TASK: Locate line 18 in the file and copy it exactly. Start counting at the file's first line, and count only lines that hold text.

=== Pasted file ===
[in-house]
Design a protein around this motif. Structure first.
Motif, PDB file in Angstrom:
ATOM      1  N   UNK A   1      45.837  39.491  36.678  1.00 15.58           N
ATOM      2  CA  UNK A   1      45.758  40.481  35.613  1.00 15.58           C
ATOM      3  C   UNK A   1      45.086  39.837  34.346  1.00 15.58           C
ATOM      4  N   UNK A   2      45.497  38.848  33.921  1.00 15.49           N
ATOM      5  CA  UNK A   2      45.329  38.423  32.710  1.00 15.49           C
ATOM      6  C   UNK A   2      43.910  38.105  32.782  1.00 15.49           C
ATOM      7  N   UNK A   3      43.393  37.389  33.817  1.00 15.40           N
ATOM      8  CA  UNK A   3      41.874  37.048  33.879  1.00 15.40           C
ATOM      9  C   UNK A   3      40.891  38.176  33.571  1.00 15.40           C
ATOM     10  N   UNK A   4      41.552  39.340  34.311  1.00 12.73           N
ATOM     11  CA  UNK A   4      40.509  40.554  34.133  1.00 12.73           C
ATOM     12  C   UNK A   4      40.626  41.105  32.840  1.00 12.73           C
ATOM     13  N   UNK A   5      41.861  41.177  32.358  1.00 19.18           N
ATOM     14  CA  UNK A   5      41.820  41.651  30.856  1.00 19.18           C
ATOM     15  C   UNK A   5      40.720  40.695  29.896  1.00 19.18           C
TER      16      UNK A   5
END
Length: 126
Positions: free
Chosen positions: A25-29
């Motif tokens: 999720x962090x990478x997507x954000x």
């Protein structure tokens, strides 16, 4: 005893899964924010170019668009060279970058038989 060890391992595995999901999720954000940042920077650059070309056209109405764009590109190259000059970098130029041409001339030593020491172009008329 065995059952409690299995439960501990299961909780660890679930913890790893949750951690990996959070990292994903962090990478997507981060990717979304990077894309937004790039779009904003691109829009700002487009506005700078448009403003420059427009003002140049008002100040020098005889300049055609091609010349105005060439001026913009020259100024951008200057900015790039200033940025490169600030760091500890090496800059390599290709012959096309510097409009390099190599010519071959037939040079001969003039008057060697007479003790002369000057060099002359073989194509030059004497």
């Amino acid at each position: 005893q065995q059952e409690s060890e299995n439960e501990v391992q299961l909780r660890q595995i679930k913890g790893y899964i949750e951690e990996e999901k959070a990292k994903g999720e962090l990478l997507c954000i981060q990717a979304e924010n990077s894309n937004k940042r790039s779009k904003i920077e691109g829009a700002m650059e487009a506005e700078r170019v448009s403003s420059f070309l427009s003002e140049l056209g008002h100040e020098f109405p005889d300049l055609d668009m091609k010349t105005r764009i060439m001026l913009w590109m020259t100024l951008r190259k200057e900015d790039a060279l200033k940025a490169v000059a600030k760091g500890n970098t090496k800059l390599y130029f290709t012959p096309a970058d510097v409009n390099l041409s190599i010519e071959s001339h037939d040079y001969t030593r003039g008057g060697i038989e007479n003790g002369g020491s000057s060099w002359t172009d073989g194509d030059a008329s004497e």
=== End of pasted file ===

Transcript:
ATOM     15  C   UNK A   5      40.720  40.695  29.896  1.00 19.18           C